Advanced Age. Advanced age is a significant risk factor, with two-thirds of pressure ulcers occurring in individuals aged 70 and older. Elderly individuals are more vulnerable due to their thinner and more fragile skin, mobility challenges, and a higher prevalence of certain health conditions.
Vascular Disease. Vascular diseases, like peripheral artery disease (PAD) and diabetic vascular disease, reduce blood flow, making it easier for tissues to become damaged due to pressure
Immobility. Immobility is another critical risk factor, as it makes changing positions and relieving pressure more difficult, particularly for those bound to wheelchairs or beds. People living with paralysis, such as those with quadriplegia or paraplegia, face an even higher risk of pressure injuries, with prevalence rates of up to 47%.
Incontinence. Incontinence poses a unique risk, as prolonged exposure to stool or urine can make the skin more vulnerable to pressure ulcers.
Obesity. Obesity increases pressure on the skin, tissue, bones, and blood vessels, and it is often accompanied by comorbidities like diabetes and vascular disease, making obese individuals twice as likely to develop pressure ulcers compared to those with a normal weight. Nursing home residents who are obese face up to a 19% higher risk of pressure ulcers compared to their non-obese counterparts.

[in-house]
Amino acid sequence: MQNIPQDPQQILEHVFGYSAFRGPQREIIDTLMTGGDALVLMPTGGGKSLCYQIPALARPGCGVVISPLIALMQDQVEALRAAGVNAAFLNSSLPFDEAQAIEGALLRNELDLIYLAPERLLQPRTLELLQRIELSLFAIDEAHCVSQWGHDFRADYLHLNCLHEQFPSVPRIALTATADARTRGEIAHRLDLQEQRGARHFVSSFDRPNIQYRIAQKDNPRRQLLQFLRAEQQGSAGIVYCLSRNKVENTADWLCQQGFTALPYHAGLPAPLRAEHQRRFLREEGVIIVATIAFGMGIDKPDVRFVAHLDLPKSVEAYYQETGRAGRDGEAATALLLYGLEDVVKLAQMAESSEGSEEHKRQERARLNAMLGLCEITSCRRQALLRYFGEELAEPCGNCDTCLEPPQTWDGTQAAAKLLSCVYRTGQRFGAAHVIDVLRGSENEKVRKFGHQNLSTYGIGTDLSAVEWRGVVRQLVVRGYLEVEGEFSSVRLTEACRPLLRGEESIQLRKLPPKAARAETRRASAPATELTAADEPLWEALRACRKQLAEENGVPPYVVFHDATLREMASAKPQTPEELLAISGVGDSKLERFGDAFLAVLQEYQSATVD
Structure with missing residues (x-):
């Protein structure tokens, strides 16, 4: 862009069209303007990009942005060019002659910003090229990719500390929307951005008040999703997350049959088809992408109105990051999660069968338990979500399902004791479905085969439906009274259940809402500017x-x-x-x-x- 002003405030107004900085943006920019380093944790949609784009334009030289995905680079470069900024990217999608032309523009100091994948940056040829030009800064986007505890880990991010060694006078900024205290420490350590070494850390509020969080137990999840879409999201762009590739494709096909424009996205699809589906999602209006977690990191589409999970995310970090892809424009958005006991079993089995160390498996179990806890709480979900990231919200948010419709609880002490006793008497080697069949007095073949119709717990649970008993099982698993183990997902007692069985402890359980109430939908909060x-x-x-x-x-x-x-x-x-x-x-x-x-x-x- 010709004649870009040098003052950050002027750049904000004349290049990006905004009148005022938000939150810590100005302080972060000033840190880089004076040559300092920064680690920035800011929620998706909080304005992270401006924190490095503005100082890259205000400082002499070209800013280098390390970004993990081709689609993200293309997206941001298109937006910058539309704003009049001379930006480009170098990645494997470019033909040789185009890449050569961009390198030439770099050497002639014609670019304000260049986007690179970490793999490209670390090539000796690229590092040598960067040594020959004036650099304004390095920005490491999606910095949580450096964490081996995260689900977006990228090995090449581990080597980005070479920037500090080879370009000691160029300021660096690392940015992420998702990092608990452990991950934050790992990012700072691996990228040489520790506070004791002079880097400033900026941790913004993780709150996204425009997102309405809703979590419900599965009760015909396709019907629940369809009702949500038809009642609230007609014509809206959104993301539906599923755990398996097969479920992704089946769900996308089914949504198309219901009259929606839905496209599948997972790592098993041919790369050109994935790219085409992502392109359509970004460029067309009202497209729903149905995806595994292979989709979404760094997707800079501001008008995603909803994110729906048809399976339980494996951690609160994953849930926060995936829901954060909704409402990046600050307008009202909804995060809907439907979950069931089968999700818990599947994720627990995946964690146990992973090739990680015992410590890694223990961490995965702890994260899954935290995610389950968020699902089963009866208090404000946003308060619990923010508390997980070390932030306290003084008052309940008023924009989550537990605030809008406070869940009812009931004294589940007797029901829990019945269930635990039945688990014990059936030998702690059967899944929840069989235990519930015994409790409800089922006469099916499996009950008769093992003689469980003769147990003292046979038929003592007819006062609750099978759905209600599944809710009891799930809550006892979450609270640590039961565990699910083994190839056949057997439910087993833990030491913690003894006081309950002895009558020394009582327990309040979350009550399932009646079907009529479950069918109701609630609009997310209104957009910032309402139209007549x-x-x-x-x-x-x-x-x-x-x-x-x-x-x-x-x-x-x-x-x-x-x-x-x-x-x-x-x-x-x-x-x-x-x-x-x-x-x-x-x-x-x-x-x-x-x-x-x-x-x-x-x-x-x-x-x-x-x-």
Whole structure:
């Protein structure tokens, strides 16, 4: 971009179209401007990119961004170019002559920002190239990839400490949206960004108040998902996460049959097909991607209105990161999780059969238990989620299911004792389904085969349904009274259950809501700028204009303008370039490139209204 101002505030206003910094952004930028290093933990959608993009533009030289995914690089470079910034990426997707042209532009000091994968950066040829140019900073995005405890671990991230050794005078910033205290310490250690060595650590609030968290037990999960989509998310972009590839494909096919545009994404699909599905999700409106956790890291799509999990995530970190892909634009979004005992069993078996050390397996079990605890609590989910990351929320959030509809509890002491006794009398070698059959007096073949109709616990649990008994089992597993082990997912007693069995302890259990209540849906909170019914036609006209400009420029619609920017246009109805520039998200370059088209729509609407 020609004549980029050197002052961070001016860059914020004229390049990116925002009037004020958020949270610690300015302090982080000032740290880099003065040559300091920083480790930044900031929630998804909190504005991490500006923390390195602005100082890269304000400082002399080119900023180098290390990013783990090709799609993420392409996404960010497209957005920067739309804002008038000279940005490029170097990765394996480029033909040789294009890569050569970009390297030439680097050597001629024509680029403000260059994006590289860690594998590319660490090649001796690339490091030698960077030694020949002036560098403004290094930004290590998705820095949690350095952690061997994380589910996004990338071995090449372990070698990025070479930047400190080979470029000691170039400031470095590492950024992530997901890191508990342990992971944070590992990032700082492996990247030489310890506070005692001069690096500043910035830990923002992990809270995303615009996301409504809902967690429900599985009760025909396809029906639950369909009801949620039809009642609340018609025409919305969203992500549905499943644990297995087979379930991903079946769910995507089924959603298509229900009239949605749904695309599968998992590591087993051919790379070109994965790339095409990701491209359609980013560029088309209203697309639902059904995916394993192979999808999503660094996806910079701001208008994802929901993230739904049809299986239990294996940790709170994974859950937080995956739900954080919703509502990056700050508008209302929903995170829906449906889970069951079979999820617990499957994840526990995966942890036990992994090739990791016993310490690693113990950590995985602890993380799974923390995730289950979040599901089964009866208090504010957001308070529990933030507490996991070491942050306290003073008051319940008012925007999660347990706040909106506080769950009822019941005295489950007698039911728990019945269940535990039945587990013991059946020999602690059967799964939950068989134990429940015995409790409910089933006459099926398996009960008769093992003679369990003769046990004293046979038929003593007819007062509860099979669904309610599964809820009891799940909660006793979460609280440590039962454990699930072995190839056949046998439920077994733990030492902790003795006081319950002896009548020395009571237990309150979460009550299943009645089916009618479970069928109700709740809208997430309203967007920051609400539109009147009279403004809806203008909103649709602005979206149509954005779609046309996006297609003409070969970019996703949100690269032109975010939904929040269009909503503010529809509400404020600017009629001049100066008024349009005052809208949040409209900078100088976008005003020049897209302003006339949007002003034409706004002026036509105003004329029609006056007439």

Loss of Sensation. Loss of sensation, often associated with neurological disorders, spinal cord injuries, and diabetes, increases the risk further, as affected individuals may not feel discomfort or pain, making it challenging to recognize the need to change positions
Dehydration and malnutrition. Dehydration and malnutrition are also risk factors, as adequate hydration and nutrition are essential for maintaining skin health and preventing tissue breakdown.